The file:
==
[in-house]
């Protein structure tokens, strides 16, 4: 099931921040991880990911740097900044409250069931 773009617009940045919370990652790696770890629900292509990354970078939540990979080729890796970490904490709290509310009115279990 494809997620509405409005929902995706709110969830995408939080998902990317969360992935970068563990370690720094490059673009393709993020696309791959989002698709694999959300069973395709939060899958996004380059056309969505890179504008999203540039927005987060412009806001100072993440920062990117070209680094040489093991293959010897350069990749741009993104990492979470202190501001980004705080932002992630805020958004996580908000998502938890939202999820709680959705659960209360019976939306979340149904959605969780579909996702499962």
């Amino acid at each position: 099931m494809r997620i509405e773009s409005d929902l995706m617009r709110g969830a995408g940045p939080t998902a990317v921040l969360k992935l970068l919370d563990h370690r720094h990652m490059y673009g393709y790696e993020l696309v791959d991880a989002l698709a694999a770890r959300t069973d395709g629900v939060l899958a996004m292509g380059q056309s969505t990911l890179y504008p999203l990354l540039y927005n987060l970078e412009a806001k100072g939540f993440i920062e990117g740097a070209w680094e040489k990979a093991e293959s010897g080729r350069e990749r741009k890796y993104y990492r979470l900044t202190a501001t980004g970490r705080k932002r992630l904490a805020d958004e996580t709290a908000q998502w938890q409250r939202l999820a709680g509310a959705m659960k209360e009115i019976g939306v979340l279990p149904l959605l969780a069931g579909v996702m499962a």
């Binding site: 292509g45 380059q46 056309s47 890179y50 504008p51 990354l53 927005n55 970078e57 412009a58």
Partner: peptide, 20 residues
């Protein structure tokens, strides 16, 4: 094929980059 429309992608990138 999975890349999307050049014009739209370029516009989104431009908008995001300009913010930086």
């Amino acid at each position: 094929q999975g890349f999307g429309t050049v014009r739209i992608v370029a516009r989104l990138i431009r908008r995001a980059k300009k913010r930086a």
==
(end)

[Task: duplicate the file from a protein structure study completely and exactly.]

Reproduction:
[in-house]
């Protein structure tokens, strides 16, 4: 099931921040991880990911740097900044409250069931 773009617009940045919370990652790696770890629900292509990354970078939540990979080729890796970490904490709290509310009115279990 494809997620509405409005929902995706709110969830995408939080998902990317969360992935970068563990370690720094490059673009393709993020696309791959989002698709694999959300069973395709939060899958996004380059056309969505890179504008999203540039927005987060412009806001100072993440920062990117070209680094040489093991293959010897350069990749741009993104990492979470202190501001980004705080932002992630805020958004996580908000998502938890939202999820709680959705659960209360019976939306979340149904959605969780579909996702499962």
């Amino acid at each position: 099931m494809r997620i509405e773009s409005d929902l995706m617009r709110g969830a995408g940045p939080t998902a990317v921040l969360k992935l970068l919370d563990h370690r720094h990652m490059y673009g393709y790696e993020l696309v791959d991880a989002l698709a694999a770890r959300t069973d395709g629900v939060l899958a996004m292509g380059q056309s969505t990911l890179y504008p999203l990354l540039y927005n987060l970078e412009a806001k100072g939540f993440i920062e990117g740097a070209w680094e040489k990979a093991e293959s010897g080729r350069e990749r741009k890796y993104y990492r979470l900044t202190a501001t980004g970490r705080k932002r992630l904490a805020d958004e996580t709290a908000q998502w938890q409250r939202l999820a709680g509310a959705m659960k209360e009115i019976g939306v979340l279990p149904l959605l969780a069931g579909v996702m499962a």
């Binding site: 292509g45 380059q46 056309s47 890179y50 504008p51 990354l53 927005n55 970078e57 412009a58």
Partner: peptide, 20 residues
């Protein structure tokens, strides 16, 4: 094929980059 429309992608990138 999975890349999307050049014009739209370029516009989104431009908008995001300009913010930086």
């Amino acid at each position: 094929q999975g890349f999307g429309t050049v014009r739209i992608v370029a516009r989104l990138i431009r908008r995001a980059k300009k913010r930086a």